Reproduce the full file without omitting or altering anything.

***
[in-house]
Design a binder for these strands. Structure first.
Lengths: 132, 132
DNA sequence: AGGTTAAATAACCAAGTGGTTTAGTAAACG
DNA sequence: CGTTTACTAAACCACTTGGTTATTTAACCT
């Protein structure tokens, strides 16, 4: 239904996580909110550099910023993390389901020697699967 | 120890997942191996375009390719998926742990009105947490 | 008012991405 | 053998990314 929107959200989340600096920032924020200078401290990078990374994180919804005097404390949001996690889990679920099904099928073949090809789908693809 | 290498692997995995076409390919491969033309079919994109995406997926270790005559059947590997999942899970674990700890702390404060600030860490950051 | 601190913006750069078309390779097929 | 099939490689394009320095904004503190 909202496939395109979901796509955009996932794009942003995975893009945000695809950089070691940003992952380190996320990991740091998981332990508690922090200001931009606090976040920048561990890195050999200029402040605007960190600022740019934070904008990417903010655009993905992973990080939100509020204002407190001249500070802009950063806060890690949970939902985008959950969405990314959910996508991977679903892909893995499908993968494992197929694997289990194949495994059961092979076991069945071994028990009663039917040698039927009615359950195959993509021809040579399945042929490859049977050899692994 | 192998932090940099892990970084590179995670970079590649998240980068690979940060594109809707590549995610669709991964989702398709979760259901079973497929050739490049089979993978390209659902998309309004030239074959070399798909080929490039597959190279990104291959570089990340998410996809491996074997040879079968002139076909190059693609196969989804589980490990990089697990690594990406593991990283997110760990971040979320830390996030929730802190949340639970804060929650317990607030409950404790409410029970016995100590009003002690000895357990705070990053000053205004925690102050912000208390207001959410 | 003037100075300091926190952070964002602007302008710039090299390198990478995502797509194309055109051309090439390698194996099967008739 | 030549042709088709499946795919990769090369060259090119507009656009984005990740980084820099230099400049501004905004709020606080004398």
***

[in-house]
Design a binder for these strands. Structure first.
Lengths: 132, 132
DNA sequence: AGGTTAAATAACCAAGTGGTTTAGTAAACG
DNA sequence: CGTTTACTAAACCACTTGGTTATTTAACCT
């Protein structure tokens, strides 16, 4: 239904996580909110550099910023993390389901020697699967 | 120890997942191996375009390719998926742990009105947490 | 008012991405 | 053998990314 929107959200989340600096920032924020200078401290990078990374994180919804005097404390949001996690889990679920099904099928073949090809789908693809 | 290498692997995995076409390919491969033309079919994109995406997926270790005559059947590997999942899970674990700890702390404060600030860490950051 | 601190913006750069078309390779097929 | 099939490689394009320095904004503190 909202496939395109979901796509955009996932794009942003995975893009945000695809950089070691940003992952380190996320990991740091998981332990508690922090200001931009606090976040920048561990890195050999200029402040605007960190600022740019934070904008990417903010655009993905992973990080939100509020204002407190001249500070802009950063806060890690949970939902985008959950969405990314959910996508991977679903892909893995499908993968494992197929694997289990194949495994059961092979076991069945071994028990009663039917040698039927009615359950195959993509021809040579399945042929490859049977050899692994 | 192998932090940099892990970084590179995670970079590649998240980068690979940060594109809707590549995610669709991964989702398709979760259901079973497929050739490049089979993978390209659902998309309004030239074959070399798909080929490039597959190279990104291959570089990340998410996809491996074997040879079968002139076909190059693609196969989804589980490990990089697990690594990406593991990283997110760990971040979320830390996030929730802190949340639970804060929650317990607030409950404790409410029970016995100590009003002690000895357990705070990053000053205004925690102050912000208390207001959410 | 003037100075300091926190952070964002602007302008710039090299390198990478995502797509194309055109051309090439390698194996099967008739 | 030549042709088709499946795919990769090369060259090119507009656009984005990740980084820099230099400049501004905004709020606080004398």